Scenes of chaos and carnage have been described at the main border crossing from NSW into Queensland, but a video from a local has painted an entirely different picture.
A clip filmed by a car passenger on Thursday showed almost entirely empty roads at the border crossing into Coolangatta, Queensland, where ADF troops are set to be deployed in coming days.
“So this is the border, thank god the army are on their way,” the woman said sarcastically while filming the virtually empty streets.
Someone else shared a photo of the “deserted” area to Facebook on Tuesday, with not one car on the road at 8am.
The scene was described “criminal” by one, while others said it was likely the result of people complying with orders to stay home, or not trying to enter Queensland without an “essential” reason.
There were reports of lengthy delays at the check point on Monday, after the whole of NSW went into lockdown and police were tasked with checking every person entering Queensland.
The sunshine state’s toughest border rules yet have since been introduced, including allowing entry only to health, medical and emergency workers, freight or logistics workers, defence personnel of critical infrastructure workers.
Residents of the border zone will only be able to enter Queensland if they need to obtain essential goods they cannot “reasonably obtain” in NSW, or for essential work.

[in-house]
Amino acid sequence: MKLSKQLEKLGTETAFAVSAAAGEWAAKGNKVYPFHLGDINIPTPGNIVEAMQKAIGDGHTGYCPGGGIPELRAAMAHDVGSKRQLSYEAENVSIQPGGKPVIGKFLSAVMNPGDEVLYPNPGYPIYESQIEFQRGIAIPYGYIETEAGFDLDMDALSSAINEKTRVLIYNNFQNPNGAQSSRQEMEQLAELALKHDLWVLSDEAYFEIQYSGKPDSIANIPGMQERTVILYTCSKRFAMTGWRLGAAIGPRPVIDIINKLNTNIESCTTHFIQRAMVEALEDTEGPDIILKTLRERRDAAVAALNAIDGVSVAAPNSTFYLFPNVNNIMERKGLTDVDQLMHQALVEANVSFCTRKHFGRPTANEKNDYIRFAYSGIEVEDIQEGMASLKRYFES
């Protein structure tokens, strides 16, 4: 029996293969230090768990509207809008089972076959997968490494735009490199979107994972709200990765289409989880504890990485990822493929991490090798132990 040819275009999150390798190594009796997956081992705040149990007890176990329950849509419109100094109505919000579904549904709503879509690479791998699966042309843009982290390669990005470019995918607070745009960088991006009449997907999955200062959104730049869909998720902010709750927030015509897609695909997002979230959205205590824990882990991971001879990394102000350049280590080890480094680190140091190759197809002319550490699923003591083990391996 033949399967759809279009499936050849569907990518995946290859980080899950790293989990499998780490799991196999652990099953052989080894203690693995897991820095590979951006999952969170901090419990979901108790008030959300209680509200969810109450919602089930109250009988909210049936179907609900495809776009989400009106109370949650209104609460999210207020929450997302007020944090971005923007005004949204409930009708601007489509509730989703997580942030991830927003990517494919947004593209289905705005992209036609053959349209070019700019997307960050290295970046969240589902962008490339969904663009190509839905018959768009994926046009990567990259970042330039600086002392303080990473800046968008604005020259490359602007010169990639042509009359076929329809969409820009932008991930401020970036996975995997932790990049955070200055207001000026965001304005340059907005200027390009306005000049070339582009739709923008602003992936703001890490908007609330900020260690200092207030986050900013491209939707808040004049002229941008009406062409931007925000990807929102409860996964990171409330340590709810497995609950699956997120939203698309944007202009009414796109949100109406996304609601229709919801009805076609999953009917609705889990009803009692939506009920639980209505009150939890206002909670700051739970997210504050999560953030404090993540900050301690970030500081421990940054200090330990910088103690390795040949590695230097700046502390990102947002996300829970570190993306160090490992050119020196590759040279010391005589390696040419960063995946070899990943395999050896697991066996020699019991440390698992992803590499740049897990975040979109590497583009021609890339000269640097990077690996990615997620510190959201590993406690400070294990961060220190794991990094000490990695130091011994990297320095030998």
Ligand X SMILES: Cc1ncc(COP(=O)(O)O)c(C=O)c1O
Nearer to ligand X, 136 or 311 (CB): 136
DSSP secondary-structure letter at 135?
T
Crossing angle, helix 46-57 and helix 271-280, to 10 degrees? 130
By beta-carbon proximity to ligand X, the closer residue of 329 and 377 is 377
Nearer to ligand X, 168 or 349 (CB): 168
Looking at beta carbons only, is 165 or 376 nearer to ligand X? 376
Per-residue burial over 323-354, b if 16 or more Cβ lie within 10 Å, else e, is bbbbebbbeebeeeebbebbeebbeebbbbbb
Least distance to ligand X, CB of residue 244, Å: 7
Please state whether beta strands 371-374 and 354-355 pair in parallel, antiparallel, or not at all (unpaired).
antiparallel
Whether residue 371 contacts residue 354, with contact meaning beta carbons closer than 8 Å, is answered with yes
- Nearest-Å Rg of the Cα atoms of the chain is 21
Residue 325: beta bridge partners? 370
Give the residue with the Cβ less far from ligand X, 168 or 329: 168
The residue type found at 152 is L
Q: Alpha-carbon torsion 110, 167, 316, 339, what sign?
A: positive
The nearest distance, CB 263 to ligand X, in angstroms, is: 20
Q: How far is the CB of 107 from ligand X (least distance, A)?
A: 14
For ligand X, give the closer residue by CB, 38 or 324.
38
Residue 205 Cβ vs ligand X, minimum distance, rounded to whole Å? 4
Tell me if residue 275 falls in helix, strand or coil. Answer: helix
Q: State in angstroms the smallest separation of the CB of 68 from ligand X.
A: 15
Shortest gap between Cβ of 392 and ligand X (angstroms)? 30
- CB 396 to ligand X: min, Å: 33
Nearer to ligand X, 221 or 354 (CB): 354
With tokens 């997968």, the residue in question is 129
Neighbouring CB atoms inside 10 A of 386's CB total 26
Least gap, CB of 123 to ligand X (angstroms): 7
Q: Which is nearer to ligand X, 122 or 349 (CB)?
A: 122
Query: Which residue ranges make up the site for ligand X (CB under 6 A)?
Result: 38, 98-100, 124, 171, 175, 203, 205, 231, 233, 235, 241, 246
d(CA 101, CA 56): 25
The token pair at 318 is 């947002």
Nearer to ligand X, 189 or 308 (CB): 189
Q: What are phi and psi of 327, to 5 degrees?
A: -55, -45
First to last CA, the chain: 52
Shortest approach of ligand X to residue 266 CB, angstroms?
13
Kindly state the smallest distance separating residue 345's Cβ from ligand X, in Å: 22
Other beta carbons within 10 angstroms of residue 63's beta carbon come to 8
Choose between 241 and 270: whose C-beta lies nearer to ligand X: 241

Additionally, everyone entering Queensland from Friday will need to have received at least one dose of a Covid-19 vaccine.
The strict rules have angered thousands of people living in border communities who cross into the neighbouring state daily for work, school, medical care and sport.
A campaign to have a “border bubble” introduced or push the border further south to avoid placing additional strain on Tweed residents was also shut down on Thursday.
“If you move that border, that cliff edge becomes another border for another community,” NSW Deputy Premier John Barilaro said.
“If you start dividing up New South Wales, you’ll cause more problems than actually solving solutions. The border cannot move and should not move because there’ll be unintended consequences that’ll have worse and more adverse outcomes for the broader part of the Northern Rivers area.”
The harsh approach has infuriated residents even further, with people moving house, supporting an ill relative, or trying to get to work being severely inconvenienced.
Queensland Premier Annastacia Palaszczuk requested troops be brought in to prevent Sydney’s Delta outbreak from further leaking into the state.
A spokesperson for the Premier announced on Wednesday evening that 100 troops would be helping police at the check point, but didn’t say when they would arrive.